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a bird flying in the sky

Cory’s shearwater
(Calonectris borealis)

Cory’s shearwaters (in the family Procellariidae) spend their lives almost entirely at sea. It is a pelagic seabird, that only returns to land to breed. It belongs to the order of tubenoses, a taxonomic group that also includes albatrosses and storm petrels.

Tubenoses were named after the two tubular nasal passages on their long,hooked beak, through which they can excrete salt.

Some species can even spray an oily liquid from these tubes at approaching attackers. The three front toes of these birds are webbed.

Cory’s shearwaters like all other tubenoses are best adapted to long-distance flight and are able to cover huge distances and endure severe storms.

This seabird can be seen in Madeira during the breeding season between March and October.

General information

Further names: Portuguese: Cagarra

Prey: They mainly feed on fish and squids; also invertebrates and crustaceans.

Range: Globally present; seas and oceans in all climate zones. 

Distinctive features: Greyish-brown on the back; pale belly and pale markings on the underside of the wings; slightly rounded, long wings; yellowish beak with a dark ring at the tip.

Size of adult animals: At a length of 46 to 60 cm and a wingspan of 112 to 126 cm, Cory’s shearwaters are the largest of the seabirds nesting in Madeira.

Ecology: These birds nest in colonies, mostly in rock caves and crevices in cliff faces. One clutch a year consisting of a single egg (May, June). These birds are monogamous and always attempt to pair up with the same mate from the previous breeding season and also prefer returning to the same nesting colony as the previous year. The incubation period is 51 to 61 days. Chicks hatch complete with downy plumage and have a relatively slow growth, leaving the nest only after two to nine months. At the beginning, one parent bird is constantly with the chick until the young animal reaches a certain size, demanding both parent birds to leave the nest in search for food. When feeding, the parent bird grabs the beak of the chick at a right angle and regurgitates its prey to feed the chick. During the breeding season, the vocalisations of the parent birds can be easily heard within a short distance from the nesting sites. In flight, they give out a loud, wailing call. The worldwide biggest colony of Cory’s shearwaters consisting of approx. 13,600 breeding pairs can be found in the uninhabited Savage Islands halfway between Madeira and the Canaries to the South. There, they also nest on the ground (in burrows). They are long-lived and very vocal birds that are very social, often even forming rafts at sea.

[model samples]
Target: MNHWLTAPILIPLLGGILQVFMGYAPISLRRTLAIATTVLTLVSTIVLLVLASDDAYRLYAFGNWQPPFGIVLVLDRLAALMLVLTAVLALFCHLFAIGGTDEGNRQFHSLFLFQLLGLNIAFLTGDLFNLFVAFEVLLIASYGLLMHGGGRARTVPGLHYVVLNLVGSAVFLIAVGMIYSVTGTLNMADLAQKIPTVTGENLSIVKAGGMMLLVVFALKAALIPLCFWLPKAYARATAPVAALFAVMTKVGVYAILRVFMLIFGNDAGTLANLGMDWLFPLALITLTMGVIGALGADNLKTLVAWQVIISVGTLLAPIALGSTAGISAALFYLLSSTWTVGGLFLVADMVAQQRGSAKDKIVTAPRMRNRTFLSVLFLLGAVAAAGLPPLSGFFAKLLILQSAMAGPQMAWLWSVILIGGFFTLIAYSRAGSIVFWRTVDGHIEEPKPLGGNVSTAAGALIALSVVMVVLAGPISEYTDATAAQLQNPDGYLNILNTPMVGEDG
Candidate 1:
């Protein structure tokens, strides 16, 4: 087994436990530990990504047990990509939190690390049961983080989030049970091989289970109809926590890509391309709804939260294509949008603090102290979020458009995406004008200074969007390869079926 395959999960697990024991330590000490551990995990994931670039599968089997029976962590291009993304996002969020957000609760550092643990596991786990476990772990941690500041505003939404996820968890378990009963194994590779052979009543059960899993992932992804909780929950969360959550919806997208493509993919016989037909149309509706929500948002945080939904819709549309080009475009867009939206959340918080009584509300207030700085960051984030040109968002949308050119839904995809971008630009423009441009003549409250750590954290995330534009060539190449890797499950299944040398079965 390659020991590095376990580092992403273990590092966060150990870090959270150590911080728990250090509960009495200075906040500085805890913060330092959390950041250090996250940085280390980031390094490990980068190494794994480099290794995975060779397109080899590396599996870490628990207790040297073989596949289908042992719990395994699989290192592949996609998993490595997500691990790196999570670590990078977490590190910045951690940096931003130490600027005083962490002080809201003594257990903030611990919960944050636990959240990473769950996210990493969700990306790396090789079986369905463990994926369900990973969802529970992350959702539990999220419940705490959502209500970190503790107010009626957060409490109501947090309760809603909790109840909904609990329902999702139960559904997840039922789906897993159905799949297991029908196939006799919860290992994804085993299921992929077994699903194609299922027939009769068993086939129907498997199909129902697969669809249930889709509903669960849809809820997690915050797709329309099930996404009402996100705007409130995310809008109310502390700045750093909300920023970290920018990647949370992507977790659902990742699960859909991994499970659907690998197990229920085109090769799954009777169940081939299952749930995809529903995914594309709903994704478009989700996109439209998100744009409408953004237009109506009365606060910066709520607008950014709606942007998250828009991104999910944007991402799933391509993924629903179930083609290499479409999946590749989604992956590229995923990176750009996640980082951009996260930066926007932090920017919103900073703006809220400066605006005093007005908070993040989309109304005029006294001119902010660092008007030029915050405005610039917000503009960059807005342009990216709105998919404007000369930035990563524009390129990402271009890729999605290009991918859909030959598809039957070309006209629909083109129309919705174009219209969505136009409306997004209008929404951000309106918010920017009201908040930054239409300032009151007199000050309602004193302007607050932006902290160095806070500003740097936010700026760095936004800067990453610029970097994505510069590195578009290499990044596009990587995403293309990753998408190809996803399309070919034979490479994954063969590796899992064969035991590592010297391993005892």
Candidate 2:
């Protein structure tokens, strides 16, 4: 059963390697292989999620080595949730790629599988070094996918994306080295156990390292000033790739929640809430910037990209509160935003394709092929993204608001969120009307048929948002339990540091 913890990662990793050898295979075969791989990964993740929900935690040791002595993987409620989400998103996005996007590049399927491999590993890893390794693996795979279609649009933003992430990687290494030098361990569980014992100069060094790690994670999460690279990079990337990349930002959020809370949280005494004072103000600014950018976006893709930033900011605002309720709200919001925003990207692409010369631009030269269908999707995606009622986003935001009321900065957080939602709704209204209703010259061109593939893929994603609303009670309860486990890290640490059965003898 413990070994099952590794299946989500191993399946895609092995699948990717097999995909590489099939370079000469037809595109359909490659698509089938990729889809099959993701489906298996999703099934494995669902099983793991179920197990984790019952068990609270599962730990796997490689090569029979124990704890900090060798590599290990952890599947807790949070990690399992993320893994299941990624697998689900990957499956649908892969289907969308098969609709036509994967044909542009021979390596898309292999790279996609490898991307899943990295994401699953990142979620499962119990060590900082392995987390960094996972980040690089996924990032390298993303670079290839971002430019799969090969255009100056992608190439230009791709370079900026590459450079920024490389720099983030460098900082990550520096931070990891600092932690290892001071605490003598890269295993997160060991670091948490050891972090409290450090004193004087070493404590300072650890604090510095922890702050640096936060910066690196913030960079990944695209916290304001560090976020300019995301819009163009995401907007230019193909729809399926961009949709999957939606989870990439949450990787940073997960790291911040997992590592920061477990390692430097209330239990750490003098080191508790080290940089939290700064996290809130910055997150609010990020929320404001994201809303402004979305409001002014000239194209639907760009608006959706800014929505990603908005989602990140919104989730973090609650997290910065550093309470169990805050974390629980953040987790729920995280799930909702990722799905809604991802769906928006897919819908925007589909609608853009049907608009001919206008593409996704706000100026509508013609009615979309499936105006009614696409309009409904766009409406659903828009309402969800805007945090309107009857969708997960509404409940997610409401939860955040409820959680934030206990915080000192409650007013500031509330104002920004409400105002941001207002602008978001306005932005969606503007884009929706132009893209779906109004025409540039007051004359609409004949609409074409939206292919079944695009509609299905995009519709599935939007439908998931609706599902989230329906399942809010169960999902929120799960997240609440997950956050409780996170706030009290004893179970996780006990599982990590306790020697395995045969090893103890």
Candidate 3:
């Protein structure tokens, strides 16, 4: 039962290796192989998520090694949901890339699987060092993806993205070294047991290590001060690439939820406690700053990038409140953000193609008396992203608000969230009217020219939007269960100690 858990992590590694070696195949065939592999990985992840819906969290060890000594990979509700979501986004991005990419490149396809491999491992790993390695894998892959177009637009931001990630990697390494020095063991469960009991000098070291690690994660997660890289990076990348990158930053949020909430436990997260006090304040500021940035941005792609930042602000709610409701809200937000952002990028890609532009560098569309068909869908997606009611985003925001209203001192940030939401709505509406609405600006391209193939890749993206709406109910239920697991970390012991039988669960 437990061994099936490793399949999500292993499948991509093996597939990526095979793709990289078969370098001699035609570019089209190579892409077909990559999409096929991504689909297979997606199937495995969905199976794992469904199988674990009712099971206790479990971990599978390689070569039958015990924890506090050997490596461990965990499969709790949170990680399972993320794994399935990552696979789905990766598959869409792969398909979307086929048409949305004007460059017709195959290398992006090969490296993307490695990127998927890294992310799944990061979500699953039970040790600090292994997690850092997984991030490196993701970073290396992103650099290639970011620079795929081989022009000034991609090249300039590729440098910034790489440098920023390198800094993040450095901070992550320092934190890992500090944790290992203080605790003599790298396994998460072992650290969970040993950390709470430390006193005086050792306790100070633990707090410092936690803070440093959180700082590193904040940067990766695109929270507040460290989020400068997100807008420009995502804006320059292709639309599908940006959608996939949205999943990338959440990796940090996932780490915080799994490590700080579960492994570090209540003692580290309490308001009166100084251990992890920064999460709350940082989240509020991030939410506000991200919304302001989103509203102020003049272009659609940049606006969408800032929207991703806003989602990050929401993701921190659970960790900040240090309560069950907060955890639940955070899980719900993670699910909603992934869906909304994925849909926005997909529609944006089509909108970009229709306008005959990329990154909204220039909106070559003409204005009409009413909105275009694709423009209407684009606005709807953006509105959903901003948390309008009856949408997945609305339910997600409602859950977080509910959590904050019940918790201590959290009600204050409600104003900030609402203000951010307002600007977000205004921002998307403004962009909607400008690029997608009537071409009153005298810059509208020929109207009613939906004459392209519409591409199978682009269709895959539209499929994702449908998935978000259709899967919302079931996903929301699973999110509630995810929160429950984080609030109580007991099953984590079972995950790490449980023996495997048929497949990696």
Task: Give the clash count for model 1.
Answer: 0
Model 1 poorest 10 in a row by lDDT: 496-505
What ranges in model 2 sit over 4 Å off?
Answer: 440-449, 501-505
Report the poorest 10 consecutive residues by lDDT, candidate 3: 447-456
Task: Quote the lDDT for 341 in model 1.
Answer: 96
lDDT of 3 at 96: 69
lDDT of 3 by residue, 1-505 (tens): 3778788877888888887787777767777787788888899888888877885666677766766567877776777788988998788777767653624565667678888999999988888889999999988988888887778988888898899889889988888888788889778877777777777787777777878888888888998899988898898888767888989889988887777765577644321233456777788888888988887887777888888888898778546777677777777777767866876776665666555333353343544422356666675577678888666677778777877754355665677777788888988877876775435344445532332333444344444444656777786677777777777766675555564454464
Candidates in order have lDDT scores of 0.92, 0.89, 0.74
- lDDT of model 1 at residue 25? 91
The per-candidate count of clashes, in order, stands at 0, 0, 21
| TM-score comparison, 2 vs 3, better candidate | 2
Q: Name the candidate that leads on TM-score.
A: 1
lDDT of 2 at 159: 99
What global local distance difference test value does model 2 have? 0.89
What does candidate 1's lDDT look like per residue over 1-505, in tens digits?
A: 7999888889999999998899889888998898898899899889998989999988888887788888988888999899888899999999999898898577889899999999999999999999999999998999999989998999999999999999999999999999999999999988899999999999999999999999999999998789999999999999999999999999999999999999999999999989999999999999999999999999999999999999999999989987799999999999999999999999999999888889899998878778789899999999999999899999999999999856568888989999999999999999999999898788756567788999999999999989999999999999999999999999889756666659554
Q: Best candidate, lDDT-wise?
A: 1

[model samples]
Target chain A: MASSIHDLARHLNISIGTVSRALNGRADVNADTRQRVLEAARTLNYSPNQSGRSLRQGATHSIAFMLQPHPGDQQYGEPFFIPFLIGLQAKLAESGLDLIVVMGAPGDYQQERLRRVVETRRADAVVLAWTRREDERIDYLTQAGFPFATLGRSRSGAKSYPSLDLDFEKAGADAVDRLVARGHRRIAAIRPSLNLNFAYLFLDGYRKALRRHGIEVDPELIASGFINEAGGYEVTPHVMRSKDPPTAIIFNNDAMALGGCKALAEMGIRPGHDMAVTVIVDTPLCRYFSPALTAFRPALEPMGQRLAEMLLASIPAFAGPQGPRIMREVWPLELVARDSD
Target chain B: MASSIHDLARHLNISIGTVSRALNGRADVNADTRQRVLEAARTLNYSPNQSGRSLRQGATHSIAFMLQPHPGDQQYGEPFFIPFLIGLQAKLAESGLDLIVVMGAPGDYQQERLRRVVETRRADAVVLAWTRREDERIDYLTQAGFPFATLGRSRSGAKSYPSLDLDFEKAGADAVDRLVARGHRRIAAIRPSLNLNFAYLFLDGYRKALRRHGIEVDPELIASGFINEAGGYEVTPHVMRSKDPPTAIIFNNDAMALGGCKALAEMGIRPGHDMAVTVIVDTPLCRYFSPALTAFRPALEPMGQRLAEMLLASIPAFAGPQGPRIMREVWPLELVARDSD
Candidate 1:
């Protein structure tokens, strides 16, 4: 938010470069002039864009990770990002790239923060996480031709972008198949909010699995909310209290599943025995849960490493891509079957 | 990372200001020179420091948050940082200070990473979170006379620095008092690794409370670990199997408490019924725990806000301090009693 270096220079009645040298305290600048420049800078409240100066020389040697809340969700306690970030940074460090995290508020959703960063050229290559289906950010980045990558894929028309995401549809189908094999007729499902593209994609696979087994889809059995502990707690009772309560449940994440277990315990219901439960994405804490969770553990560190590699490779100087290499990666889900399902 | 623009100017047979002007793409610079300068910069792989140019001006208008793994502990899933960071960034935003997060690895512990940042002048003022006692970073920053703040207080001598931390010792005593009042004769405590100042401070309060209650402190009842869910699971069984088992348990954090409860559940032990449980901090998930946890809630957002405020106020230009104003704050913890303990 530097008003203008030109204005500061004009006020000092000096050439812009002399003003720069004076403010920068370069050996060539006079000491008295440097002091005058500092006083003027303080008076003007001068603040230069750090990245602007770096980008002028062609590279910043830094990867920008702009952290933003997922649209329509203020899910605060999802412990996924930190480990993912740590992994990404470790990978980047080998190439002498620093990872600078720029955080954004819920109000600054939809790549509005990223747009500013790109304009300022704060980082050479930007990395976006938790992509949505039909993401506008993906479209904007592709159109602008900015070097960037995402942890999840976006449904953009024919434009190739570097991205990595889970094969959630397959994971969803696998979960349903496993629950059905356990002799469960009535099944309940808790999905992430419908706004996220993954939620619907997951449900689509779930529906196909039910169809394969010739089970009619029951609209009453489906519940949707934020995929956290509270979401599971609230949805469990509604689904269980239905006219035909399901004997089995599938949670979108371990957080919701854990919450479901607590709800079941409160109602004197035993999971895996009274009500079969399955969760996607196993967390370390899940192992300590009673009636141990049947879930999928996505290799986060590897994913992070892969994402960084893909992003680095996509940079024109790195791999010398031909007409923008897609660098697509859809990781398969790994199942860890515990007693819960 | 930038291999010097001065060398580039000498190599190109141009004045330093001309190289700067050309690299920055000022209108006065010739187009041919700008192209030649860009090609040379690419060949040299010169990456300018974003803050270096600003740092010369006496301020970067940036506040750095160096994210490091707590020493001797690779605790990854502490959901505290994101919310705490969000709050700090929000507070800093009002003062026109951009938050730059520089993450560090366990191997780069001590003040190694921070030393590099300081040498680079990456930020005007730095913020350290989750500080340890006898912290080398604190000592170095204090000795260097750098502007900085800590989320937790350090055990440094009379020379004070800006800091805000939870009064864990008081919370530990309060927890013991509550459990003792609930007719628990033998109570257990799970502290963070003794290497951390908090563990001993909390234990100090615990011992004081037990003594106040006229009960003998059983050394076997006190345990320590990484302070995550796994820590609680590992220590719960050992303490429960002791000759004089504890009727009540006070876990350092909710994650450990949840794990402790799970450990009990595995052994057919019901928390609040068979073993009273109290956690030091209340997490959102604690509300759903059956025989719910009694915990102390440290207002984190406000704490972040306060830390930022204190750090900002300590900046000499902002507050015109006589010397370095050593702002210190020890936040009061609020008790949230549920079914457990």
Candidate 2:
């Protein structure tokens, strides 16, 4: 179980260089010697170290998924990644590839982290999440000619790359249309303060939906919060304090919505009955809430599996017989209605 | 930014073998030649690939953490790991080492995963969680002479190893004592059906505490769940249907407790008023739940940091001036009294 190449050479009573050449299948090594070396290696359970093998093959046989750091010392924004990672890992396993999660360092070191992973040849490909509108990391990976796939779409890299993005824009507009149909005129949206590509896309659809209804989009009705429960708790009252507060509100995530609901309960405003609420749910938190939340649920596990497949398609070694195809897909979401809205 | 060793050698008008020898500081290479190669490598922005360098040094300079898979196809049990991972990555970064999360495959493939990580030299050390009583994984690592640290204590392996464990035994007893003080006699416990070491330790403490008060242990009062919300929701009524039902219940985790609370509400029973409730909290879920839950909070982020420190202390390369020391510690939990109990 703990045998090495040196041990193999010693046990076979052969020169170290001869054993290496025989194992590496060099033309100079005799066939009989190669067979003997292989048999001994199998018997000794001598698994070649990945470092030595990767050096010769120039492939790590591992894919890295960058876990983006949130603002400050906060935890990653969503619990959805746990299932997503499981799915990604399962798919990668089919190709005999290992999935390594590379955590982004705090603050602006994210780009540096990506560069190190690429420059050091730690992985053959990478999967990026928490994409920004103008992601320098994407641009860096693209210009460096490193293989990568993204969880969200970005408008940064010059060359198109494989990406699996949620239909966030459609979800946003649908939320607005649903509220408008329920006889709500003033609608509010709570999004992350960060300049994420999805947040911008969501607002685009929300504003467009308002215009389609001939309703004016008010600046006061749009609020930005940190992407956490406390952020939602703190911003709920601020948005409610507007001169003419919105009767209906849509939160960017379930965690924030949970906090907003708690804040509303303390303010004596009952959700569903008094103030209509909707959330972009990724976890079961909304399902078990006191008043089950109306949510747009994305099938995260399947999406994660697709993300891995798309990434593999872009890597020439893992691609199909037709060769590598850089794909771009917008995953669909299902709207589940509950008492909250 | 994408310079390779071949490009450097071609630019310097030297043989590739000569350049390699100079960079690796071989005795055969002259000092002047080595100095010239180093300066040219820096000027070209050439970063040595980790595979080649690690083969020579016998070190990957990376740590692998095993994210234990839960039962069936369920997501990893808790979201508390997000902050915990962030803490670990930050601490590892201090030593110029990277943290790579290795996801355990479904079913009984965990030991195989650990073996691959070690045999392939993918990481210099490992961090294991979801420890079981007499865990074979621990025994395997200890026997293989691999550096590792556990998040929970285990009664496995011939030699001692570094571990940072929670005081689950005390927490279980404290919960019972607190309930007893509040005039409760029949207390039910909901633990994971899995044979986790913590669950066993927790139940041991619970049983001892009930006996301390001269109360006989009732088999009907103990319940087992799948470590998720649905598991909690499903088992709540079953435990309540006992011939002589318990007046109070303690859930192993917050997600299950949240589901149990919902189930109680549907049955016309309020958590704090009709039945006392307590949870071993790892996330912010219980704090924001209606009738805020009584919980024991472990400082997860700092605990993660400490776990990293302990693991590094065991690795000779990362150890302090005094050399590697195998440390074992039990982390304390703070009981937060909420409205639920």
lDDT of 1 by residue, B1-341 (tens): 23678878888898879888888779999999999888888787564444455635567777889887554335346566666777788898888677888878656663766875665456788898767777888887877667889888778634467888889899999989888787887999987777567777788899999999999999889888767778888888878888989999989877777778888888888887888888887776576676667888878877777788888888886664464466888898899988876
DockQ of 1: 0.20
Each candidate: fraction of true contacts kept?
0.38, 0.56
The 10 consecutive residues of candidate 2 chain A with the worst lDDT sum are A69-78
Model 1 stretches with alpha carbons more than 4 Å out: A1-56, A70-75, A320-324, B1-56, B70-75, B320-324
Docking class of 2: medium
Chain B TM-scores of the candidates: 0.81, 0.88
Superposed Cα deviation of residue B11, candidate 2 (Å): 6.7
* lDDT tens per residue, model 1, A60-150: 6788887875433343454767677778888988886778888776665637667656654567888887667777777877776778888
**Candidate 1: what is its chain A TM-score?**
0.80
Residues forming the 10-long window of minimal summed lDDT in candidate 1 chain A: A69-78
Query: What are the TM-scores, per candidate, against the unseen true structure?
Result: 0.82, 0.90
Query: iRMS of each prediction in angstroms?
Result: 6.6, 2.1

Taxonomy: Class: Aves (Birds); Order: Procellariiformes (Tubenoses)

Threats: In the past this species was exploited leading to significant decreases in their populations. Today invasive species such as rats, cats and livestock present the greatest threat along with light pollution.

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